Agriculture in Uzbekistan
Uzbekistan has many favorable conditions for agriculture: a warm climate, a long growing season, and enough water
resources (before). Dating back to the 6th century, the Turkic tribes had
an amazingly well developed irrigation and cotton growing system even during Soviet
times, the region of Uzbekistan produced a huge amount of cotton.
About 61% of the USSR's total cotton production was from Uzbekistan,
the entire cotton industry depended on this region. Uzbekistan became
a primary cotton producer.
After independence, Uzbekistan's economy still relied mainly on agriculture,
especially cotton. As a result, Uzbekistan became one of the world's largest
producers and exporters of cotton. But because its land was mostly used
for cotton, Uzbekistan produced few other crops, thus importing most necessary grains and other foods. Recently, Uzbekistan has been attempting
to change its economic reliance on cotton, but its short-term need for
hard currency makes it harder to happen.
On the other hand, because of the little land available for farming and
the dramatic loss of water for irrigation, Uzbekistan's land conditions became
worse and worse through salinization, erosion, etc. To make the situation
even worse, the poor management of water irrigation during Soviet times
has caused more than 3.4 million hectares to be taken away, ad that is only from the Aral Sea
region. Today more than 44% of Uzbekistan's irrigated land is highly salinated.
Every year farmers start planting cotton around April 10th. They need
five days to scatter the seeds. There are a lot of different types of
cotton. The most commonly used sort in Uzbekistan is Nam Han Kang 77.
While growing, they irrigate five times, and cultivate the fields five
The cotton takes about 145 days to get ready. After that they use chemicals
to clean it. Tractors spread the chemicals around the field. After they
put chemicals in the field, people are not allowed nearby for 10 days.
These chemicals are used to clean the plants from insects and other parasites.
When about 90% of the cotton field is ready for harvest, people start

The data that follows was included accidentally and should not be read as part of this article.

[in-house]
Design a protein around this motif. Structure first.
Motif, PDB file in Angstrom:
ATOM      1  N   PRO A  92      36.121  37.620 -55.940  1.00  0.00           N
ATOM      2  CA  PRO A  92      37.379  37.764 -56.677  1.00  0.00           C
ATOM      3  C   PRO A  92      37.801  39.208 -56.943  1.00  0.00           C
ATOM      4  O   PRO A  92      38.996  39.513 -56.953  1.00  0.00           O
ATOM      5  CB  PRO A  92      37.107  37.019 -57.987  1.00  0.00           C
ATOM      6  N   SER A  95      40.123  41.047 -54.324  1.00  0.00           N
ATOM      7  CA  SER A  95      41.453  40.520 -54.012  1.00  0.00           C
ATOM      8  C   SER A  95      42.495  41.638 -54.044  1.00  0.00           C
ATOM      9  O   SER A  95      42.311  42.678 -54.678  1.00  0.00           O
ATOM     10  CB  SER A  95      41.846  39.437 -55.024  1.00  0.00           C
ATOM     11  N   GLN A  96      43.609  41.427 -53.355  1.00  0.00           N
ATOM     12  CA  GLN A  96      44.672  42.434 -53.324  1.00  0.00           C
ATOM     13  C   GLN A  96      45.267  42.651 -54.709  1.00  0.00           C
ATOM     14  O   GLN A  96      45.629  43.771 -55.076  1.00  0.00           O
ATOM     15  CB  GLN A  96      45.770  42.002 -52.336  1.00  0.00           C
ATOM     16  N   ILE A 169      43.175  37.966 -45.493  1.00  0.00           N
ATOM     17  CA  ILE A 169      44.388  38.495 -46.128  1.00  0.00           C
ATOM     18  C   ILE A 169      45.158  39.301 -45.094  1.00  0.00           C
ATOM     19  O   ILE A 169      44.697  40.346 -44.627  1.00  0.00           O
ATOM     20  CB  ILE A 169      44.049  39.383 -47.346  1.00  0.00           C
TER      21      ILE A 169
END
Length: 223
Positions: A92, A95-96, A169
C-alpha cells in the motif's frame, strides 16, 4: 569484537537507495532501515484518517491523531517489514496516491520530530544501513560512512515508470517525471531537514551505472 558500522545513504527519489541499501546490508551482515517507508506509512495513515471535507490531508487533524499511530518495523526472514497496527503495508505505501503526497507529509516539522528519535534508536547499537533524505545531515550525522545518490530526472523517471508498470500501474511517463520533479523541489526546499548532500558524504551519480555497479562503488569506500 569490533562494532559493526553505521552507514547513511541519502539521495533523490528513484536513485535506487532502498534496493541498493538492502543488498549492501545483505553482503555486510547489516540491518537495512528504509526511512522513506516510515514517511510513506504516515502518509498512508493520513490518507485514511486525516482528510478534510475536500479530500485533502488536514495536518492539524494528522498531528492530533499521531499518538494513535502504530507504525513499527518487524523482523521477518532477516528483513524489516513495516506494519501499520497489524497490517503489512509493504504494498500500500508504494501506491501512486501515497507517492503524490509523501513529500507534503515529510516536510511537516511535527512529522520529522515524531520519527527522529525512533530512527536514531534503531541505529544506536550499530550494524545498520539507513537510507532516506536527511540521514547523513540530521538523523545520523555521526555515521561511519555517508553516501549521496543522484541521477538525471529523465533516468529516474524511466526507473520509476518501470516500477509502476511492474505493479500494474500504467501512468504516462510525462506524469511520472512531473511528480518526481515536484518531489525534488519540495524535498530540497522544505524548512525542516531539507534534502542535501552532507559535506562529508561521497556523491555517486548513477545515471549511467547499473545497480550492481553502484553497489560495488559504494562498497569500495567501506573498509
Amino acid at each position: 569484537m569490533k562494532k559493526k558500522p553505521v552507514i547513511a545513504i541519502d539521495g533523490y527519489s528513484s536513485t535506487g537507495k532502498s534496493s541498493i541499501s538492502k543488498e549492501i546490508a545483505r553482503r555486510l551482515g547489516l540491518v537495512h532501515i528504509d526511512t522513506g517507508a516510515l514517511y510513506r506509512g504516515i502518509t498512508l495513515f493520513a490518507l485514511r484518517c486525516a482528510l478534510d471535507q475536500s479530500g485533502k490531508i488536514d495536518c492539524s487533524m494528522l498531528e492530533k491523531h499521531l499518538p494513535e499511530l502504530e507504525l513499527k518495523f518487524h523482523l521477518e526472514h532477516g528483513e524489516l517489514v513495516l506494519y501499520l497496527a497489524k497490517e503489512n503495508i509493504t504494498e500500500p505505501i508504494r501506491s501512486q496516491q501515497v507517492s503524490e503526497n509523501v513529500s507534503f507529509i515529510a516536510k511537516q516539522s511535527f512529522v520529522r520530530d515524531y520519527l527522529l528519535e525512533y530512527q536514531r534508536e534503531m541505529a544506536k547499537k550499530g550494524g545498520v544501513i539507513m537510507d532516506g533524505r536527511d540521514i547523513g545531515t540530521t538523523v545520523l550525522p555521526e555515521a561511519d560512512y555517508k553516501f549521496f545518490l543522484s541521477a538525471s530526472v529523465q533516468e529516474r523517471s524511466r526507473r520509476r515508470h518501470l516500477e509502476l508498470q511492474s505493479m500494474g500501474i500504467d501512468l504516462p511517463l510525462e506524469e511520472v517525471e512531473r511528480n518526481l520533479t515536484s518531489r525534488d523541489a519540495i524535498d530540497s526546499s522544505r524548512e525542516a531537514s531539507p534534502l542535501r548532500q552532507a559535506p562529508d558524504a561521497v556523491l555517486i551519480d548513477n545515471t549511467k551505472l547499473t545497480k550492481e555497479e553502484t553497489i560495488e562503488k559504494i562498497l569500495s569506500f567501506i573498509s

gathering. Usually whole families come to gather cotton. In the field that
we went to for a field trip, 15 families had to pick cotton. The harvest
time, depending on the weather, is roughly between 1 September and the
third week of September. One field collects over 2800 kg of cotton, and
they take about 10 days to pick all of it. The workers get 30 soum for
each kg of cotton they pick, and workers can manage to pick over 100kg
The field makes about 10 million soum from selling the cotton. Most of
it is bought from the government. THe government pays about 195soum/kg(approximately
US$0.20) for high quality, and 175~165 soum/kg (approximately US$0.18~0.16) for low-quality cotton. The difference between high and low quality
cotton is that high-quality cotton has less seeds and low-quality cotton,
more seeds. Later, the government sends the picked harvest to factories
to take the seeds apart from the cotton and clean it to be ready for export.
In my point of view I think that, even though Uzbekistan's economy will be
unstable for a few years or decades, it should change its economy. First,
it should rely more on industry. Its agriculture shouldn't rely on one
product only, but rather cultivate a variety of crops to feed its people,
and import less crops.
I think this is a perfect example of the affect of the USSR even after
its split. It also shows what the USSR government has done to Uzbekistan: even though they
knew the Aral Sea would shrink, they still put their plan into action. Their system
of communism didn't work very well because many countries are still
suffering. People are struggling to completely change their thoughts
of "equality, no matter how good or bad they are" to "start working
hard to survive."